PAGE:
St Paul’s Church, Covent Garden
Reviewed – 4th July 2017
“David Hywel Baynes excels in his role of Macbeth”
Celebrating their 10th anniversary the Iris Theatre Company use the grounds of the 17th century St Paul’s Church to bring to life their dark and grisly production of Shakespeare’s Macbeth. An immersive promenade theatre that winds its way through the stunning grounds and buildings, drawing you in to one of his most famous tragedies.
Although the play begins in daylight, which feels wrong for such a macabre story, the set designer Alice Channon uses interesting props to enhance the natural setting and increase the sense of despair and destruction. As the light fades the effective use of lighting and smoke adds drama and an eerie spookiness to the stage. The actors themselves lead you from scene to scene, which at times was a little chaotic but added to the overall tension of the play. As with all outdoor theatre you need to be able to zone out a little to the odd passing aircraft, birds and music drifting over from nearby venues which at times may interject at an in opportune moment.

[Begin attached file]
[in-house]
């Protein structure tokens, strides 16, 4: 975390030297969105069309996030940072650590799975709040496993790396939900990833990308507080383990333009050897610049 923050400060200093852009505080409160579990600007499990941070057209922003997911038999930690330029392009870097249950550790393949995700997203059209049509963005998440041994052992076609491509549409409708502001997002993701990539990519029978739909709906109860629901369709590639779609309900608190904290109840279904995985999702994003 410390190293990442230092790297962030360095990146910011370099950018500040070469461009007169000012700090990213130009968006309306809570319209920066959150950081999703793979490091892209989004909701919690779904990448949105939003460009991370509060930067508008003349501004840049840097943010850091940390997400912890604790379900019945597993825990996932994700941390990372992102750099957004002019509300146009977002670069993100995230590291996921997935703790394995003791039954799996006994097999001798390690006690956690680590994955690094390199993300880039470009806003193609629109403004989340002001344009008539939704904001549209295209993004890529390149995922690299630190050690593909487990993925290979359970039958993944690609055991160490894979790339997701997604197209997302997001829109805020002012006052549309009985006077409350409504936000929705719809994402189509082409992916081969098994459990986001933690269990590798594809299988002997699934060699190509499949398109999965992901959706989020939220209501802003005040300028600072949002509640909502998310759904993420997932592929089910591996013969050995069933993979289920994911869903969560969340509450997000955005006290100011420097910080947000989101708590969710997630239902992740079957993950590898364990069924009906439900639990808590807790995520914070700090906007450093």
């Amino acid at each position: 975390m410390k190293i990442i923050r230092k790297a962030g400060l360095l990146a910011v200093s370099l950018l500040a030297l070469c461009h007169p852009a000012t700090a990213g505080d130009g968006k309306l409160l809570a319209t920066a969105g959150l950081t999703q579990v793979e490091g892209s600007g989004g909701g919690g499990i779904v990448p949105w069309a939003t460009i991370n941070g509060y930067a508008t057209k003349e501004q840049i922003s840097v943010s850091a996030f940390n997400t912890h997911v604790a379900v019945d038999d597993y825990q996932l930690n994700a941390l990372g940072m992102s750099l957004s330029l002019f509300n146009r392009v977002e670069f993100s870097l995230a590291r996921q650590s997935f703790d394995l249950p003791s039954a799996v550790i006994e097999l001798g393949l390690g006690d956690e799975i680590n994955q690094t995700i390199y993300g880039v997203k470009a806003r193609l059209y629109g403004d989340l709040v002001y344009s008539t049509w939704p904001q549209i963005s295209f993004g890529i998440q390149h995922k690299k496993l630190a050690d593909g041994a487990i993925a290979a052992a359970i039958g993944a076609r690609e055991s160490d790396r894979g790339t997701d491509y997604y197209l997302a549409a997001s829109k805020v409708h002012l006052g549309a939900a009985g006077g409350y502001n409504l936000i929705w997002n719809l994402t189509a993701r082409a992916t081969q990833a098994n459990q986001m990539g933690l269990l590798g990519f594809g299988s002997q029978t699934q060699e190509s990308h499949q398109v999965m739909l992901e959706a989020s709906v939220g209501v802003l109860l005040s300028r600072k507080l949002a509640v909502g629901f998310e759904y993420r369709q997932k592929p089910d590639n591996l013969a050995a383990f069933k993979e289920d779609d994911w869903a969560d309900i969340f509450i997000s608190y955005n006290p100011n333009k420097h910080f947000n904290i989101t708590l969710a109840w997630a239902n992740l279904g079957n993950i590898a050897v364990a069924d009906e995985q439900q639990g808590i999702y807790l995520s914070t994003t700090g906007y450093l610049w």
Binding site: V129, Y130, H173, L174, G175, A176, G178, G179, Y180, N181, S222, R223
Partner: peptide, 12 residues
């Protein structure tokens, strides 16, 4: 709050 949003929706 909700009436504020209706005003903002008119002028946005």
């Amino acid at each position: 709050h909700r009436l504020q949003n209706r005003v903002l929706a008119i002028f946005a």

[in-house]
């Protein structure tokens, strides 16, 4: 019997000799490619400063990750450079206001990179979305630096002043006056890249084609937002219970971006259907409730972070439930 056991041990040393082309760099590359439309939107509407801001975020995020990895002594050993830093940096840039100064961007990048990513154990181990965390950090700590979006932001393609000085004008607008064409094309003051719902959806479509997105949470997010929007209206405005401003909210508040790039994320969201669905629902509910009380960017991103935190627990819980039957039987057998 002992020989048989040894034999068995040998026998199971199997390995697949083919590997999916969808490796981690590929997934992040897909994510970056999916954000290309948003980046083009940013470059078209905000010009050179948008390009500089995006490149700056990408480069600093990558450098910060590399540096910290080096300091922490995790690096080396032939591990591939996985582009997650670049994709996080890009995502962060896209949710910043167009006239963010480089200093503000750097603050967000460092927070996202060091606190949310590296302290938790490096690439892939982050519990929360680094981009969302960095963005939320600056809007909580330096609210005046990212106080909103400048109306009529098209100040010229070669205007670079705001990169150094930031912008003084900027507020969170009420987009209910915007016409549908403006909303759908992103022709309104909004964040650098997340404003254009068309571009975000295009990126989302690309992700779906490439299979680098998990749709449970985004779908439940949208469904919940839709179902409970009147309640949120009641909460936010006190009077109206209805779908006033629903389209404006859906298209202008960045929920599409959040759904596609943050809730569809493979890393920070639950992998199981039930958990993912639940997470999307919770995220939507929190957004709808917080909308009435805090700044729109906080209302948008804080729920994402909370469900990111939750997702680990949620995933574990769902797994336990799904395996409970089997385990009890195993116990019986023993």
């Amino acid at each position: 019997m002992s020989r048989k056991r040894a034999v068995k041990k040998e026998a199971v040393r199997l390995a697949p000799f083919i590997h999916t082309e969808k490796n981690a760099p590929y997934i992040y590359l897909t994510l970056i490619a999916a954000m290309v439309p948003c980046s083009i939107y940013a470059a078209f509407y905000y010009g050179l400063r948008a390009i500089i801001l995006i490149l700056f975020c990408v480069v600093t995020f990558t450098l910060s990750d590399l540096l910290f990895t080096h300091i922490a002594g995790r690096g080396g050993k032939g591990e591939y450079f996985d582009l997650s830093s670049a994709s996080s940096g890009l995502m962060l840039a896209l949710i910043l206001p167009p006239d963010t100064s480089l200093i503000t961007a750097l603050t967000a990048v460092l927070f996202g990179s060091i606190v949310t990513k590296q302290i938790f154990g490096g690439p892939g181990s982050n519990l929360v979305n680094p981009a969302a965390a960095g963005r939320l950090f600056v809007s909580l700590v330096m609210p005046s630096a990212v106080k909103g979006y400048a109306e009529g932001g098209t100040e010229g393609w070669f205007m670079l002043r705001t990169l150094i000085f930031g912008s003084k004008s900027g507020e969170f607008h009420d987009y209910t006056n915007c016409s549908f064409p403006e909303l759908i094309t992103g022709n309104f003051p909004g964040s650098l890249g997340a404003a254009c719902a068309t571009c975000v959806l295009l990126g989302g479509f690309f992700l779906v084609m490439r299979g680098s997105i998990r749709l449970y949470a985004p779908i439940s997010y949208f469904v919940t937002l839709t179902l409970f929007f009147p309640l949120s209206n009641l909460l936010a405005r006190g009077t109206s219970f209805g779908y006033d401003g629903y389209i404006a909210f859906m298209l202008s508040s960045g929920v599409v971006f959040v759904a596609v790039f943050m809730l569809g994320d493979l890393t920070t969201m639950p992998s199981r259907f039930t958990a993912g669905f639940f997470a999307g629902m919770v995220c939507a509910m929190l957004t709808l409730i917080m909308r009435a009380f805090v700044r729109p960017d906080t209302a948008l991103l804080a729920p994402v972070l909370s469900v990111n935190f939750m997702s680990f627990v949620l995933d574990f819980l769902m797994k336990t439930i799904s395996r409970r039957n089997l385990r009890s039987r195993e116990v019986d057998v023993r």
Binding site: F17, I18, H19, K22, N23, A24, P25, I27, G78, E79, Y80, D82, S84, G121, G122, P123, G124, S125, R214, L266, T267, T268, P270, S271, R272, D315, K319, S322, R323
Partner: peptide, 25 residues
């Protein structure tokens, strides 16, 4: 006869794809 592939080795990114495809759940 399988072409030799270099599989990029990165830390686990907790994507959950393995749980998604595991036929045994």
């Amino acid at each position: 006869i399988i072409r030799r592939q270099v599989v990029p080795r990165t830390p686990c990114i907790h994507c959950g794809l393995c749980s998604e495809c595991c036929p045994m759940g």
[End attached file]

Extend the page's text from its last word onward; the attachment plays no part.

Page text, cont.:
I was slightly concerned when during the opening scenes the witches appeared as part insect, part other world creatures. I wasn’t sure why they had chosen to go down this route and was probably the only negative of the whole performance. However, the strength of the acting from the opening scenes takes over and you end up accepting their roles in this form.
David Hywel Baynes excels in his role of Macbeth. His projection in a vast open space is second to none. His unraveling into a guilt-ridden madness is incredibly believable and you cannot help but feel his pain. Mogali Masuku takes on many roles during the show but it is in her role of Lady Macbeth that stands out particularly with her convincing demise into madness.
With a cast of just seven the roles are very well played and clever costume changes means that you don’t become confused. The acting is all of a very high quality and the oration throughout is excellent. The play by its nature is gruesome in parts and there were times during the play that I jumped or left my seat much to the amusement of the school party in the audience.
I sometimes think the end of a play is a bit of an anti climax but for me the rousing song as the characters leave the stage was a particularly fitting closing.
The team from the Iris theatre certainly deserved the standing ovation they received at the end of this performance.
Reviewed by Angela East
Production Images by Hannah Barton
is at St Paul’s Church, Covent Garden until 29th July